One juvenile transported after attempted suicide

Santa Clarita Sheriff's Deputies search the neighborhood after responding to a person with a broken piece of glass threatening himself in Stevenson Ranch on Wednesday, April 15, 2020. Dan Watson/The Signal
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A juvenile was transported to Henry Mayo Newhall Hospital after a suspected suicide attempt Wednesday. 

The call was received by Los Angeles County Fire Department personnel at 2:15 p.m. on Brooks Circle in Stevenson Ranch. 

“It was originally a bleeding (advanced life support call),” said Austin Bennett, a Fire Department spokesman. 

Santa Clarita Sheriff’s Deputies respond to a person with a broken piece of glass threatening himself in Stevenson Ranch on Wednesday, April 15, 2020. Dan Watson/The Signal

Responding paramedics were told to stage, according to Bennett, while deputies scoured the Stevenson Ranch neighborhood for the juvenile, with reports that he was threatening to hurt himself with a broken piece of glass. 

Santa Clarita Valley Sheriff’s Station personnel confirmed that the individual was a juvenile, but declined to go into further detail as per their policy regarding minors. 

The juvenile was eventually located in the neighborhood and transported to Henry Mayo.

According to officials on the SCV Sheriff’s Station Mental Evaluation Team, the number of suicides and attempted suicides has not risen higher in the Santa Clarita Valley due to COVID-19, but they have seen an increase in the number of family disturbance calls. 

“What we see from other law enforcement agencies happening everywhere right now in the United States … is because of everyone being inside and then the usual stressors people have with job loss, everything is being amplified right now,” said Shirley Miller, a spokeswoman for the SCV Sheriff’s Station.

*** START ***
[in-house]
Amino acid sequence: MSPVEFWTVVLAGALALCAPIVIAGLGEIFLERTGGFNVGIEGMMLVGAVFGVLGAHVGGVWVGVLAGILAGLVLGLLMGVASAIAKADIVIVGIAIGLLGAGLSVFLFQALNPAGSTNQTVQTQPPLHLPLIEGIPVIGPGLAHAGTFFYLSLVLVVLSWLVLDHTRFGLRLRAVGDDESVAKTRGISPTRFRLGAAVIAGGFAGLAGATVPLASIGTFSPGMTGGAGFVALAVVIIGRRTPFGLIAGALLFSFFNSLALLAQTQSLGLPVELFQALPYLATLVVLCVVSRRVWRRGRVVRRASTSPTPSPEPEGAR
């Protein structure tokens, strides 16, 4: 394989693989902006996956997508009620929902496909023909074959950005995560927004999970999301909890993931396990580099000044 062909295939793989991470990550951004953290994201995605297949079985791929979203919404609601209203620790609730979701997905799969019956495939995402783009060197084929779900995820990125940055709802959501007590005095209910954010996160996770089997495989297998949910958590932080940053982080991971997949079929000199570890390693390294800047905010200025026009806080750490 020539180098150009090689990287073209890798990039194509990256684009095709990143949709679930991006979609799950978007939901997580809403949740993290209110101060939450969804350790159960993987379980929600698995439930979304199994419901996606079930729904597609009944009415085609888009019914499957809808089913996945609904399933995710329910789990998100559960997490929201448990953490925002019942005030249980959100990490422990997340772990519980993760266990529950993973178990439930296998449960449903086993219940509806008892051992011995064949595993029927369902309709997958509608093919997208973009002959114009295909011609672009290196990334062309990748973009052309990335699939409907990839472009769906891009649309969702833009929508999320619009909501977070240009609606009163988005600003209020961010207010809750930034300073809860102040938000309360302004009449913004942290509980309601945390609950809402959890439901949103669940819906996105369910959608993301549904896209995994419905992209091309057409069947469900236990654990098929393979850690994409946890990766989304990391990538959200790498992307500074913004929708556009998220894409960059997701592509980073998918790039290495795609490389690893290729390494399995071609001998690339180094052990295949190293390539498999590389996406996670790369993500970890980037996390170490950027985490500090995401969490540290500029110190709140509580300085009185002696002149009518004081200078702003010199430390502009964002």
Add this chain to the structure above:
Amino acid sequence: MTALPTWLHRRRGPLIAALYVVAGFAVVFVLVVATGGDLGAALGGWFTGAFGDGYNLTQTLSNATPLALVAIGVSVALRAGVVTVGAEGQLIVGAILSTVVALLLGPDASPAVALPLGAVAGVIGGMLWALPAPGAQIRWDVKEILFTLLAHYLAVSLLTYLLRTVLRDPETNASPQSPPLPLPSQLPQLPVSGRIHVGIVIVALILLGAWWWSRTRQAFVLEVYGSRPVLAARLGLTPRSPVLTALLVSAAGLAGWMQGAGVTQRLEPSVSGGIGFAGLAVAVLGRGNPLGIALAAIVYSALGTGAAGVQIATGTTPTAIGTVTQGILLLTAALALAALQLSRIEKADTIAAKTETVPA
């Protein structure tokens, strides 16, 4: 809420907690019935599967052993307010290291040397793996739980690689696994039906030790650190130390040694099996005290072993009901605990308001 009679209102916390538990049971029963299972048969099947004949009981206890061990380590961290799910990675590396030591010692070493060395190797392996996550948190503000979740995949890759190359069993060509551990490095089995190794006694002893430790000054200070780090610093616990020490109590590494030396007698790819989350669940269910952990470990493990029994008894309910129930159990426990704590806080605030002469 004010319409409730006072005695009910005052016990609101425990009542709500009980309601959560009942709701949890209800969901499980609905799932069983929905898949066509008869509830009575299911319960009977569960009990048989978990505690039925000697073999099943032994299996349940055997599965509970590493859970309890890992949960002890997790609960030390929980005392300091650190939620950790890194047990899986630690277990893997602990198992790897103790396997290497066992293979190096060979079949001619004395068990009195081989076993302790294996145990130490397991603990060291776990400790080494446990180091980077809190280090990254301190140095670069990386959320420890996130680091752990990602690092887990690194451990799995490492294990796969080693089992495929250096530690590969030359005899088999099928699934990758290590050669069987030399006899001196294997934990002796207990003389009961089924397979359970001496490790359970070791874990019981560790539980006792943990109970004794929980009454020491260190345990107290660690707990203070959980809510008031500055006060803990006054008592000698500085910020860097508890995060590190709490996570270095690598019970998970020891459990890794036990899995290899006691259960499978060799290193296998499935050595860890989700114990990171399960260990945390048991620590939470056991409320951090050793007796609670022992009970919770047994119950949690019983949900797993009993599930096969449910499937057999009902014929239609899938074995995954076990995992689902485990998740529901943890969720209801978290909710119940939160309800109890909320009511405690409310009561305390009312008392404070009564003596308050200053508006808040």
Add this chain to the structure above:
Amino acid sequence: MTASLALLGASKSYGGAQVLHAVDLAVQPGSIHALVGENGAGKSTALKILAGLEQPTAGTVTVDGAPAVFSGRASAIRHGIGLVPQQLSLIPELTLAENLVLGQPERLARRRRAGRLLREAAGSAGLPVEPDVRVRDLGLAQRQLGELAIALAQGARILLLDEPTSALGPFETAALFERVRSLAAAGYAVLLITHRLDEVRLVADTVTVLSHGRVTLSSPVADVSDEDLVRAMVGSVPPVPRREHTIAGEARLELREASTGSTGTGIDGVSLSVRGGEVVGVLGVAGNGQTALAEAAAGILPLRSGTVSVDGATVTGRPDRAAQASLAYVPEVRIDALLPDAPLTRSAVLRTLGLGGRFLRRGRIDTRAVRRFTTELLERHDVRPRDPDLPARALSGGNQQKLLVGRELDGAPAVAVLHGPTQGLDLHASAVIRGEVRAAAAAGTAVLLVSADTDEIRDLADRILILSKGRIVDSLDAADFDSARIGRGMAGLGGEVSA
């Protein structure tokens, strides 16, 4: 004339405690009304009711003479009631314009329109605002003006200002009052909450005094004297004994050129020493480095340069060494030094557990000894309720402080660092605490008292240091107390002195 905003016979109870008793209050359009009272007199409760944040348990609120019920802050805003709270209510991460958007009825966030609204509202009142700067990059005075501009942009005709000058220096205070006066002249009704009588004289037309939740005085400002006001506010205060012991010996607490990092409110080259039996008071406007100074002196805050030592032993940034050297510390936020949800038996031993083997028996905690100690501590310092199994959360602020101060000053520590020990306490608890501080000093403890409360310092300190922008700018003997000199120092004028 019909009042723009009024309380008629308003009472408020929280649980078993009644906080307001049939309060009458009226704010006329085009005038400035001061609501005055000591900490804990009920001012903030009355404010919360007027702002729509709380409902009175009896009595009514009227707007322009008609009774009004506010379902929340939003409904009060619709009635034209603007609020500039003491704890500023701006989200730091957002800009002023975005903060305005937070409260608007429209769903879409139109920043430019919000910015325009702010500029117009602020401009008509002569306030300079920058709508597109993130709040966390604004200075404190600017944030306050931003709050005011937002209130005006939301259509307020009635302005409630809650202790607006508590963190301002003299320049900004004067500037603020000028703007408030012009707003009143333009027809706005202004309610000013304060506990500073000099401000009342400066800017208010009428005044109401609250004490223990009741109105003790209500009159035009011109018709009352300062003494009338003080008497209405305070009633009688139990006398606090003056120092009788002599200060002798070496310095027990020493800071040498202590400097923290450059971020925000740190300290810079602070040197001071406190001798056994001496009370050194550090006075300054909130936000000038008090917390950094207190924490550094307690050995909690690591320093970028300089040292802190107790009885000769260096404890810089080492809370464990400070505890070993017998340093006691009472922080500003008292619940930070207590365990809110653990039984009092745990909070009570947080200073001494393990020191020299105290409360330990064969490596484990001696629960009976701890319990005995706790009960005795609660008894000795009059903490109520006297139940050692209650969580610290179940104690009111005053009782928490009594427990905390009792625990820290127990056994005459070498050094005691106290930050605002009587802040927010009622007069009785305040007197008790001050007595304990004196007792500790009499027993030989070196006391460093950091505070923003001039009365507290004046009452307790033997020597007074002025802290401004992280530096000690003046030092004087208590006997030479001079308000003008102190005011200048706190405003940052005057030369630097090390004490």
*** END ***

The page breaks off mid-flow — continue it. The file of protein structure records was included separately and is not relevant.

Miller added that there have been a number of family disturbance calls recently that have involved a family member drinking. 

One person is transported by ambulance after Santa Clarita Sheriff’s Deputies searched the neighborhood after responding to a person with a broken piece of glass threatening himself in Stevenson Ranch on Wednesday, April 15, 2020. Dan Watson/The Signal

“That’s what we’re seeing is up right now… there is nothing criminal has happened, no one is going to jail, no is being arrested,” Miller said, referencing that deputies are heading to more calls were tense family moments have escalated to the point that law enforcement is needed. 

Larry Schallert, assistant director of College of the Canyons Student Health Center, said that he also has not seen an increase in suicidal thoughts when he’s been working with people, but has seen a hike in the number of people experiencing loneliness and/or sadness. 

“In some sense, it’s stemming from the grief and loss of normalcy,” said Schallert. “The other thing we’re seeing though is if people have a preexisting condition such as bipolar disorder, schizophrenia, major depression, or if they had an economic toll to start with, or family problems, specifically in the domestic violence area … it really impacts and can really make things worse. 

Schallert advised people to try and keep a schedule, sleep, exercise and pay attention to your and your family’s mindfulness. 

Mental Health and other Resources for Santa Clarita Valley and Surrounding Areas

This partial list was provided by the Santa Clarita Valley Committee on Suicide Prevention, Postvention and Wellness. For a more complete list, visit SignalSCV.com.

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